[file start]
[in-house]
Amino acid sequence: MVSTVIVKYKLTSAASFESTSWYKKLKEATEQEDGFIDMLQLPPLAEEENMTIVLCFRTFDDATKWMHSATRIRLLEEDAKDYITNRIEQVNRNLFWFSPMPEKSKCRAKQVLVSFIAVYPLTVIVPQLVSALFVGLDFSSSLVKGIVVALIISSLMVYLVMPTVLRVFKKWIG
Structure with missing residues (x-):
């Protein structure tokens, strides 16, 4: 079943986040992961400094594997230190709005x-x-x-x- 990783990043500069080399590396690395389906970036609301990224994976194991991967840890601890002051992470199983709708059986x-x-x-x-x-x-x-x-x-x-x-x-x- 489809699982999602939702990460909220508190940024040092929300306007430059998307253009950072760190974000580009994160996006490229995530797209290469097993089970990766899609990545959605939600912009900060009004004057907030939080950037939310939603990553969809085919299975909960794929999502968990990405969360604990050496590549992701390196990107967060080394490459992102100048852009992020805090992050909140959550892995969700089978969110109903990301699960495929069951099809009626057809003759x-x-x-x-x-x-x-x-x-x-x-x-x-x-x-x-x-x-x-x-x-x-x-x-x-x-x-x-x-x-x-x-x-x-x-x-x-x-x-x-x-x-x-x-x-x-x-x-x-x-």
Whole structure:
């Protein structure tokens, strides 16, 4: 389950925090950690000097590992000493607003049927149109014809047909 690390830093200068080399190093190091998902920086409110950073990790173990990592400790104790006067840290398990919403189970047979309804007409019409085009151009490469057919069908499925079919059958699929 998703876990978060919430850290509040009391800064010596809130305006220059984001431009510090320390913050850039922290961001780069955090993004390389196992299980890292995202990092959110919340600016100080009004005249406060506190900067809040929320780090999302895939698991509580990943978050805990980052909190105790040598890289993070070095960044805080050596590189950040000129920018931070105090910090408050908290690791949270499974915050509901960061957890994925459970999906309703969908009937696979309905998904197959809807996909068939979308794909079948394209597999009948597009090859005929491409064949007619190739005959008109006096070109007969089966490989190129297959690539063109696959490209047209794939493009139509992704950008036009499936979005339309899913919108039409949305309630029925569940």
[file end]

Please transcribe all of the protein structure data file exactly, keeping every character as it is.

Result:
[in-house]
Amino acid sequence: MVSTVIVKYKLTSAASFESTSWYKKLKEATEQEDGFIDMLQLPPLAEEENMTIVLCFRTFDDATKWMHSATRIRLLEEDAKDYITNRIEQVNRNLFWFSPMPEKSKCRAKQVLVSFIAVYPLTVIVPQLVSALFVGLDFSSSLVKGIVVALIISSLMVYLVMPTVLRVFKKWIG
Structure with missing residues (x-):
């Protein structure tokens, strides 16, 4: 079943986040992961400094594997230190709005x-x-x-x- 990783990043500069080399590396690395389906970036609301990224994976194991991967840890601890002051992470199983709708059986x-x-x-x-x-x-x-x-x-x-x-x-x- 489809699982999602939702990460909220508190940024040092929300306007430059998307253009950072760190974000580009994160996006490229995530797209290469097993089970990766899609990545959605939600912009900060009004004057907030939080950037939310939603990553969809085919299975909960794929999502968990990405969360604990050496590549992701390196990107967060080394490459992102100048852009992020805090992050909140959550892995969700089978969110109903990301699960495929069951099809009626057809003759x-x-x-x-x-x-x-x-x-x-x-x-x-x-x-x-x-x-x-x-x-x-x-x-x-x-x-x-x-x-x-x-x-x-x-x-x-x-x-x-x-x-x-x-x-x-x-x-x-x-």
Whole structure:
């Protein structure tokens, strides 16, 4: 389950925090950690000097590992000493607003049927149109014809047909 690390830093200068080399190093190091998902920086409110950073990790173990990592400790104790006067840290398990919403189970047979309804007409019409085009151009490469057919069908499925079919059958699929 998703876990978060919430850290509040009391800064010596809130305006220059984001431009510090320390913050850039922290961001780069955090993004390389196992299980890292995202990092959110919340600016100080009004005249406060506190900067809040929320780090999302895939698991509580990943978050805990980052909190105790040598890289993070070095960044805080050596590189950040000129920018931070105090910090408050908290690791949270499974915050509901960061957890994925459970999906309703969908009937696979309905998904197959809807996909068939979308794909079948394209597999009948597009090859005929491409064949007619190739005959008109006096070109007969089966490989190129297959690539063109696959490209047209794939493009139509992704950008036009499936979005339309899913919108039409949305309630029925569940």